The Corvette Veterans Club was first formed in April 1979, by Bob McGavin, who placed an enquiry in the Royal Navy Tribune, for any men who worked during, and on the boat of the HMAS Whyalla Corvette in Australia to contact him. To Bob’s surprise, there were numerous responses to his enquiry. Bob got in contact with a number of ex-crewmen from HMAS Whyalla and crewmen from other Corvettes, including HMAS Castlemaine.
Bob decided to hold a reunion at the Corvette Veterans Club and was overwhelmed by an attendance of over 50 ex-crew members. Today the Corvette Veterans Club has over 500 members in Australia, and another 30 located across the world.
The club meets quarterly with several other social and fundraising events held throughout the year. Reunions are held every second year and shared between states. Details are circulated to every member in a regular newsletter (every 3 months – quarterly).
Full membership of the club is open to all who served in the Flower Class Corvettes, and other Class Corvettes. Club membership is also open to the relatives of full members.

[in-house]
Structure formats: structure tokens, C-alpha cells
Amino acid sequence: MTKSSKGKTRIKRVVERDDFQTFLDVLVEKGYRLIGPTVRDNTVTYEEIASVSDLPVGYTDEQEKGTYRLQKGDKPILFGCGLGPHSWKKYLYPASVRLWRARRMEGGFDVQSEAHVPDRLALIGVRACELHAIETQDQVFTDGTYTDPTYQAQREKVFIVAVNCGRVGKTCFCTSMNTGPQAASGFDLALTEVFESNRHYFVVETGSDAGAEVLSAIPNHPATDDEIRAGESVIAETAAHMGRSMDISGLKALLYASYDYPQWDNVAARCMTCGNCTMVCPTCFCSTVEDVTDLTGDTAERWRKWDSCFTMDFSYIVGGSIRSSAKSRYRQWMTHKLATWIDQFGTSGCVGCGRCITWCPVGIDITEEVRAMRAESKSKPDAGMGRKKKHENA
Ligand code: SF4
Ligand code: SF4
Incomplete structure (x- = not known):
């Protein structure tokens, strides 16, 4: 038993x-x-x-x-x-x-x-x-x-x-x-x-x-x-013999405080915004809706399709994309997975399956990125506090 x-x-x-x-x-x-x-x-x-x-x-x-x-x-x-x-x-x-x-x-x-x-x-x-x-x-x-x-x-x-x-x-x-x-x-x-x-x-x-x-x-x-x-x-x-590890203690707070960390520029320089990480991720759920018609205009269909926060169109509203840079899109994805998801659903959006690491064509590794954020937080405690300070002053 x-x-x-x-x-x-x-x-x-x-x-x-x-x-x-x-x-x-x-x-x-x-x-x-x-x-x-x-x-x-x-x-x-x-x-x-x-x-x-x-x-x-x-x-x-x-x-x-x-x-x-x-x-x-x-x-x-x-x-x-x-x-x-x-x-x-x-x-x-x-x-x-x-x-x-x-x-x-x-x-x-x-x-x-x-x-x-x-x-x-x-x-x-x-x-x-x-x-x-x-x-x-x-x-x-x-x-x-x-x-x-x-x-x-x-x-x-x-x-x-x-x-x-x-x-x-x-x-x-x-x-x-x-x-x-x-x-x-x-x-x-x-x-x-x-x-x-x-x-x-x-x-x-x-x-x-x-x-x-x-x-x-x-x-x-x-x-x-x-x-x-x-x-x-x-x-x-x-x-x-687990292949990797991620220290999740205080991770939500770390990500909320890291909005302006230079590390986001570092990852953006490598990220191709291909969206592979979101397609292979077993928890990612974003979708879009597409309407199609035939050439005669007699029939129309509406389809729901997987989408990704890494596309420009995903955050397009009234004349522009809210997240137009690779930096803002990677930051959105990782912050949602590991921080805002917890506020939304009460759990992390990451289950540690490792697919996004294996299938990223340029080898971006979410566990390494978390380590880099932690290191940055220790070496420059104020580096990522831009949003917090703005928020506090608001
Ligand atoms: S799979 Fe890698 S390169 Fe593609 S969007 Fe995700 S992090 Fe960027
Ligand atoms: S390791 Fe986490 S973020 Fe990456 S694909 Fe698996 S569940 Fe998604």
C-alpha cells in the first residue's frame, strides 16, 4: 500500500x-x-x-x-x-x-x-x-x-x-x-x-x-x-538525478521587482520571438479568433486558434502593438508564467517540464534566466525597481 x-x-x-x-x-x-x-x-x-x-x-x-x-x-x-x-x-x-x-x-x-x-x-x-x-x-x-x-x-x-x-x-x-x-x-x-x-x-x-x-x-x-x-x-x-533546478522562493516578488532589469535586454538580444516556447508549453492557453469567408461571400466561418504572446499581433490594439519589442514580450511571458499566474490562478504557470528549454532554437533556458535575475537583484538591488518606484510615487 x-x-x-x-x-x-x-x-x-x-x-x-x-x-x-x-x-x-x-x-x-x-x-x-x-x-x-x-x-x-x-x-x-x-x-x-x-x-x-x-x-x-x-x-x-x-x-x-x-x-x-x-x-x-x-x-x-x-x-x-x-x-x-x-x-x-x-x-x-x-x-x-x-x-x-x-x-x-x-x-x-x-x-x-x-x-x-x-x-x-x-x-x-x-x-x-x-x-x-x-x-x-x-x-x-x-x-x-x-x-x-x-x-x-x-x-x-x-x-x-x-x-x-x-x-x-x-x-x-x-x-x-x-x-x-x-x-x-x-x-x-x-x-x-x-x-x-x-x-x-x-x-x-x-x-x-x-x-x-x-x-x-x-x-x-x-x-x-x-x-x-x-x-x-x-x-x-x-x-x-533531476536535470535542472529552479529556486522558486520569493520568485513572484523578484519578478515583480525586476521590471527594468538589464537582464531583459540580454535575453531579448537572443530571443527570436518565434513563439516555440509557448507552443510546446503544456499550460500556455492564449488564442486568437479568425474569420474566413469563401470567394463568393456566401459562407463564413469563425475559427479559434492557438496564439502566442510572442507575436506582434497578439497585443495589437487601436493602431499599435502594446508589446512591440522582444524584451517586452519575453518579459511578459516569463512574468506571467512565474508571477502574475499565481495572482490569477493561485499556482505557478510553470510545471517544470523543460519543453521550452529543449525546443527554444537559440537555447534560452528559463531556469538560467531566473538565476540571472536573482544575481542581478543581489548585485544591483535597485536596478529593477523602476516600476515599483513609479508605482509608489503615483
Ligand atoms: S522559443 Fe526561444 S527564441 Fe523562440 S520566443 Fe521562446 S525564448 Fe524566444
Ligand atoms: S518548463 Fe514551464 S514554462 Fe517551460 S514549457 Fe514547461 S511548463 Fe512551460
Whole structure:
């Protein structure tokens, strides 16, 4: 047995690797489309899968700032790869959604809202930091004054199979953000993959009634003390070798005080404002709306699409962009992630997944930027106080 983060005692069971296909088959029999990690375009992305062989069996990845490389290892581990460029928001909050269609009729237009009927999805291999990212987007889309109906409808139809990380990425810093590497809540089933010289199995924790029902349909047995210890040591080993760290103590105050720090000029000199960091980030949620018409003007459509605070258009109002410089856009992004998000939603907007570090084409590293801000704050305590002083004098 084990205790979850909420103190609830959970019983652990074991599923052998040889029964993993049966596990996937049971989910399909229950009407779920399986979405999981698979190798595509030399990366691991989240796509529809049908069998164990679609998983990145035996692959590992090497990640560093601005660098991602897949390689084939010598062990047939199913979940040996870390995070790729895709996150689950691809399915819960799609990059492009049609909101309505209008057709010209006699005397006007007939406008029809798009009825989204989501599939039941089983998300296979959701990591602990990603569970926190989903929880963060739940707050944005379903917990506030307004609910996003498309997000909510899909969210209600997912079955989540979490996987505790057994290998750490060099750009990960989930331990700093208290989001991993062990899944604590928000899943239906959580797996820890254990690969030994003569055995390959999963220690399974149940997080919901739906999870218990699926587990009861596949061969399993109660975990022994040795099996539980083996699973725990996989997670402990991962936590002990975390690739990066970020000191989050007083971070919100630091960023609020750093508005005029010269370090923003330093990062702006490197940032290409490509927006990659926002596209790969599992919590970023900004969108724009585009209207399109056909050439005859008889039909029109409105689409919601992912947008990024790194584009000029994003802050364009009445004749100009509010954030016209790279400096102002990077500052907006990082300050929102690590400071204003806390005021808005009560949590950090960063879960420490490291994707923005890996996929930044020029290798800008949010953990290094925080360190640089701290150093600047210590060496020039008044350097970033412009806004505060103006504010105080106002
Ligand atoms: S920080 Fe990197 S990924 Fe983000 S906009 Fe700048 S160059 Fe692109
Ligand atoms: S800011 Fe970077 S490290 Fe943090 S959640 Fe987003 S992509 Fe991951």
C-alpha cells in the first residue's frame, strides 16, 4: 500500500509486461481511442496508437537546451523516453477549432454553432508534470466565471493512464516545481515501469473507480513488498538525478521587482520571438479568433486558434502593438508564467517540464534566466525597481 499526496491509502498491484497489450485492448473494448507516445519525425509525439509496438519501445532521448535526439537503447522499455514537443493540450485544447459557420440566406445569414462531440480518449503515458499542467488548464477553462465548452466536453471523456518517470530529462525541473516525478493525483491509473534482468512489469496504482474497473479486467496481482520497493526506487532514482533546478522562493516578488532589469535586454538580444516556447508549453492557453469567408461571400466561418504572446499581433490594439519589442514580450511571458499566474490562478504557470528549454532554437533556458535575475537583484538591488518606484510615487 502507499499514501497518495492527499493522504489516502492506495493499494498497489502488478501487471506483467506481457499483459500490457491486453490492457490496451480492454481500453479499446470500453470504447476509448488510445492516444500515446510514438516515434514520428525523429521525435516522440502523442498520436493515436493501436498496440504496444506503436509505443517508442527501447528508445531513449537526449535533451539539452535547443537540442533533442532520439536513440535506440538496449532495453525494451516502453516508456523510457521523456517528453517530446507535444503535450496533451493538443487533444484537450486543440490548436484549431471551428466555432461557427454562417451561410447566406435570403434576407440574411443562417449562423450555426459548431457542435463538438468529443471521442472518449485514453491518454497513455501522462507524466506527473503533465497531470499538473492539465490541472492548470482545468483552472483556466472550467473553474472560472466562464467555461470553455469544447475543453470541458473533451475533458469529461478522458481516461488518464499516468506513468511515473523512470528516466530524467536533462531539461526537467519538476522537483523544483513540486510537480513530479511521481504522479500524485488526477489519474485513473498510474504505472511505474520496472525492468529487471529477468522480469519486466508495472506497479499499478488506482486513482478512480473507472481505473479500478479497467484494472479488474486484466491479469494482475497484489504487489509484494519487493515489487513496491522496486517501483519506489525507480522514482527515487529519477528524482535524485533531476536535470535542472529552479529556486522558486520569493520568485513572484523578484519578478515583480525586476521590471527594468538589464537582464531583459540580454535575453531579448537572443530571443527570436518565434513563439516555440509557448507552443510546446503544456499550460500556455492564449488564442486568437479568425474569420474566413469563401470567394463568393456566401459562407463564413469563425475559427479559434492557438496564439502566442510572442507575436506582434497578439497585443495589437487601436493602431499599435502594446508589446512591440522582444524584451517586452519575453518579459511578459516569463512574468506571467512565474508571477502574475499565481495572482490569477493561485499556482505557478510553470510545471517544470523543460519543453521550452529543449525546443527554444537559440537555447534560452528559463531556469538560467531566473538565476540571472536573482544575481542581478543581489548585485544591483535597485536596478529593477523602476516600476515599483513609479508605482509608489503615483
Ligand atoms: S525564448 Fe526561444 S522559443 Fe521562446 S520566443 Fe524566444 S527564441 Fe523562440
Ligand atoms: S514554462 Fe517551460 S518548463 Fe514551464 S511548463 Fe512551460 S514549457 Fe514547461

The club strives to keep alive the memory of those who fought and sailed on WWII Corvettes and educate its members and others about WWII Corvette history.
The Bathurst class corvettes were a class of general purpose vessels produced in Australia during World War II. Originally classified as minesweepers, but widely referred to as corvettes, the Bathurst class vessels fulfilled a broad anti-submarine, anti-mine, and convoy escort role.
Sixty Bathurst class corvettes were built in eight Australian shipyards to an Australian design. 36 were constructed for the Royal Australian Navy (RAN), while 20 were built on British Admiralty orders but manned and commissioned by the RAN, and 4 served in the Royal Indian Navy. Three more were ordered for construction in India, but were cancelled. Although designed for the anti- submarine and anti-mine role, the Bathursts operated as “maids-of-all-work” during the war; serving as troop and supply transports, supporting amphibious landings, providing air defence for convoys and disabled ships, participating in shore bombardments, and undertaking hydrographic surveys.
Three ships were lost during the war—one to Japanese air attack and two to collisions with friendly merchant ships—while a fourth struck a friendly mine while sweeping the Great Barrier Reef in 1947 and sank.